Man ventures out into space looking for intelligent life, but finds none. There might be alien flora or fauna out there, but otherwise we are alone in the universe. This does not rule out robots, genetically engineered monsters, and colonists who long ago branched out into a human sub-species however.
Naturally, there are consequences to this - if life is plentiful but intelligence rare, this makes humanity very special indeed. Why has only one species in all this abundance become sapient? If life is rare, this has similar implications for humanity and, by extension, Earth. There are, of course, other possibilities - a common idea is that something is killing off intelligent life. What is it, and why did it miss humanity out?
This is distinct from the trope where humanity finds no aliens, but does find the footprints they left behind - such as ruins, robots, genetically engineered monsters and human colonists abducted from earth long ago. These sort of aliens are known as precursors and come in a variety of flavours.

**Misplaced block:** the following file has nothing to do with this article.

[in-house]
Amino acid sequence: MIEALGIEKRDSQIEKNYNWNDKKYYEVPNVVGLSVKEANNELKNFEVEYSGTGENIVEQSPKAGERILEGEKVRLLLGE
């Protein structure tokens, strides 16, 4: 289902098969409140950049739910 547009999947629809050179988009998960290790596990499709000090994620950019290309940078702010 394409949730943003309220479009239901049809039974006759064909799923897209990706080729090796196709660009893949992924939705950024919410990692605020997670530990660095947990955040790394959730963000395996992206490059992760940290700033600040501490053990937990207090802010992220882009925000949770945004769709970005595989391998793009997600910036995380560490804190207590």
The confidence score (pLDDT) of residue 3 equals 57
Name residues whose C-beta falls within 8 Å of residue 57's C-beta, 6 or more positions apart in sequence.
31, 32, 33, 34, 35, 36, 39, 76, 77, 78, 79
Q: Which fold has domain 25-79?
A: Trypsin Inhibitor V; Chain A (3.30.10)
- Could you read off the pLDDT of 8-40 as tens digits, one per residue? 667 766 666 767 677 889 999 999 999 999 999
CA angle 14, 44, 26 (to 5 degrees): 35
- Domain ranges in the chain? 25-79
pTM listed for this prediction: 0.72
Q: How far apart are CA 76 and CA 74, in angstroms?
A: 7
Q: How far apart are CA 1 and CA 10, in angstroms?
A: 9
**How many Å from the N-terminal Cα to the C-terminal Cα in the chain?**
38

A further subtrope is one in which we are the precursors and the whole campaign takes place After The End of some galaxy spanning human empire that we all forgot. In this case we may also be the force that wiped out all the aliens.
Game and Story Use
- This does not rule out other types of non-human beings. Robots, genetically engineered monsters, uplifted animal, e.t.c
- A starship crashes on an uninhabited planet, where the crew must contend with some rather nasty native life and internal disputes while trying to survive until they are rescued.
- Without aliens, the interactions between humans and other human gets a lot more emphasis. They explore space, establish settlements on far-off worlds which eventually grow to be interstellar civilizations in their own right. What results is an eventual First Contact between two long separated human lineages.